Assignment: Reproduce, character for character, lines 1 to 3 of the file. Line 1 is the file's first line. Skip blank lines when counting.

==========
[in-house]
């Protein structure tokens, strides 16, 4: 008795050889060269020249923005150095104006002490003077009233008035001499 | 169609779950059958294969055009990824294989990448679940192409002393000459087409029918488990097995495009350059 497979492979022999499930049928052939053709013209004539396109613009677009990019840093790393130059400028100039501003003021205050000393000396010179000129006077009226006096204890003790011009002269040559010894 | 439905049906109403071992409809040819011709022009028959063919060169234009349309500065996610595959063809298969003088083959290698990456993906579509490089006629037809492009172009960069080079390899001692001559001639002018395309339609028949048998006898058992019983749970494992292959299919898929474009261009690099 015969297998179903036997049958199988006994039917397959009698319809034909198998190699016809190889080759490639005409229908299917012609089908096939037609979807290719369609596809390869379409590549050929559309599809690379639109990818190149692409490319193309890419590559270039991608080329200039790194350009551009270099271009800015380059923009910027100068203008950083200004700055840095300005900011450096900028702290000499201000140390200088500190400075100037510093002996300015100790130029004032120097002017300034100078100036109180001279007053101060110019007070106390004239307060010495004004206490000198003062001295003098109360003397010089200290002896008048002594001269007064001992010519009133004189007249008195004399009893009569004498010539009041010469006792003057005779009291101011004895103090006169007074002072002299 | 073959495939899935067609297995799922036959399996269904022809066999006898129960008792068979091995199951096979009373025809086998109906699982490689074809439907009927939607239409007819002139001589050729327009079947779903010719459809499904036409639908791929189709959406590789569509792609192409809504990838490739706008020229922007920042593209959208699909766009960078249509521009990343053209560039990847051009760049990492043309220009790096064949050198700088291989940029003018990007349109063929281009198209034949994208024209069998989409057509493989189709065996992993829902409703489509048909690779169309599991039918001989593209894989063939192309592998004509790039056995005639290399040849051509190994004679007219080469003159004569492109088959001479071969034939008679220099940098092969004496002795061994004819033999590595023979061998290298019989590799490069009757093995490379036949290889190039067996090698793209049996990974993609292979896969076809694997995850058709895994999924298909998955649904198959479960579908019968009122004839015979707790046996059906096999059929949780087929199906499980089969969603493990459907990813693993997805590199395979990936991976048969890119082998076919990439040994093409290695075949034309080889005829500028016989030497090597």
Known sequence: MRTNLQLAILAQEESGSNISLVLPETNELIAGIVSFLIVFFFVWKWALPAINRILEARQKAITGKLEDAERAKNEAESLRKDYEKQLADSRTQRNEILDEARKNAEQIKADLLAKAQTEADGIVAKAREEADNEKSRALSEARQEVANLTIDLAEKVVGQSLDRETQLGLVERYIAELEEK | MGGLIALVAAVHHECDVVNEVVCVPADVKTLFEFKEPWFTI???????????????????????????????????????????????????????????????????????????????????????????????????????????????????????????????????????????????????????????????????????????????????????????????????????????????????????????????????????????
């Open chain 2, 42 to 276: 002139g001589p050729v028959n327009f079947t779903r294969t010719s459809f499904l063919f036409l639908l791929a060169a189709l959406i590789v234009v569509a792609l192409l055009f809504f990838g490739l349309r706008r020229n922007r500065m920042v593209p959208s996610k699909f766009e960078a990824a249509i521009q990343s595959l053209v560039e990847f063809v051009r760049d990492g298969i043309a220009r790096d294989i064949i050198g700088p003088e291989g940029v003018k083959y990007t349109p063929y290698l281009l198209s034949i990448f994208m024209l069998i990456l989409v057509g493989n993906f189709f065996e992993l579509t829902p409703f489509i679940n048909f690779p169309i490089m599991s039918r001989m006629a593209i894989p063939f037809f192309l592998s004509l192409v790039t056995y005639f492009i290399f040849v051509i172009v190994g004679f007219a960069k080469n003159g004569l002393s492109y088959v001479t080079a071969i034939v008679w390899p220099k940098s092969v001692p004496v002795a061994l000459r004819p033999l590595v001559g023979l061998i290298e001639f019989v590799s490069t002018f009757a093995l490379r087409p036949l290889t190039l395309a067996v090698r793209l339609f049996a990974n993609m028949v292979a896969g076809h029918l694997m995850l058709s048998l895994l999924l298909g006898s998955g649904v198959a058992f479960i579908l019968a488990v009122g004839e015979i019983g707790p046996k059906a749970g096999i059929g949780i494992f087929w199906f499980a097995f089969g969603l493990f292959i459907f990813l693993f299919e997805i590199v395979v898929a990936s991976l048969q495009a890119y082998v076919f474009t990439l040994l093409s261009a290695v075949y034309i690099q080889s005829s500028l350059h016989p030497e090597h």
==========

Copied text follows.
[in-house]
């Protein structure tokens, strides 16, 4: 008795050889060269020249923005150095104006002490003077009233008035001499 | 169609779950059958294969055009990824294989990448679940192409002393000459087409029918488990097995495009350059 497979492979022999499930049928052939053709013209004539396109613009677009990019840093790393130059400028100039501003003021205050000393000396010179000129006077009226006096204890003790011009002269040559010894 | 439905049906109403071992409809040819011709022009028959063919060169234009349309500065996610595959063809298969003088083959290698990456993906579509490089006629037809492009172009960069080079390899001692001559001639002018395309339609028949048998006898058992019983749970494992292959299919898929474009261009690099 015969297998179903036997049958199988006994039917397959009698319809034909198998190699016809190889080759490639005409229908299917012609089908096939037609979807290719369609596809390869379409590549050929559309599809690379639109990818190149692409490319193309890419590559270039991608080329200039790194350009551009270099271009800015380059923009910027100068203008950083200004700055840095300005900011450096900028702290000499201000140390200088500190400075100037510093002996300015100790130029004032120097002017300034100078100036109180001279007053101060110019007070106390004239307060010495004004206490000198003062001295003098109360003397010089200290002896008048002594001269007064001992010519009133004189007249008195004399009893009569004498010539009041010469006792003057005779009291101011004895103090006169007074002072002299 | 073959495939899935067609297995799922036959399996269904022809066999006898129960008792068979091995199951096979009373025809086998109906699982490689074809439907009927939607239409007819002139001589050729327009079947779903010719459809499904036409639908791929189709959406590789569509792609192409809504990838490739706008020229922007920042593209959208699909766009960078249509521009990343053209560039990847051009760049990492043309220009790096064949050198700088291989940029003018990007349109063929281009198209034949994208024209069998989409057509493989189709065996992993829902409703489509048909690779169309599991039918001989593209894989063939192309592998004509790039056995005639290399040849051509190994004679007219080469003159004569492109088959001479071969034939008679220099940098092969004496002795061994004819033999590595023979061998290298019989590799490069009757093995490379036949290889190039067996090698793209049996990974993609292979896969076809694997995850058709895994999924298909998955649904198959479960579908019968009122004839015979707790046996059906096999059929949780087929199906499980089969969603493990459907990813693993997805590199395979990936991976048969890119082998076919990439040994093409290695075949034309080889005829500028016989030497090597």
Known sequence: MRTNLQLAILAQEESGSNISLVLPETNELIAGIVSFLIVFFFVWKWALPAINRILEARQKAITGKLEDAERAKNEAESLRKDYEKQLADSRTQRNEILDEARKNAEQIKADLLAKAQTEADGIVAKAREEADNEKSRALSEARQEVANLTIDLAEKVVGQSLDRETQLGLVERYIAELEEK | MGGLIALVAAVHHECDVVNEVVCVPADVKTLFEFKEPWFTI???????????????????????????????????????????????????????????????????????????????????????????????????????????????????????????????????????????????????????????????????????????????????????????????????????????????????????????????????????????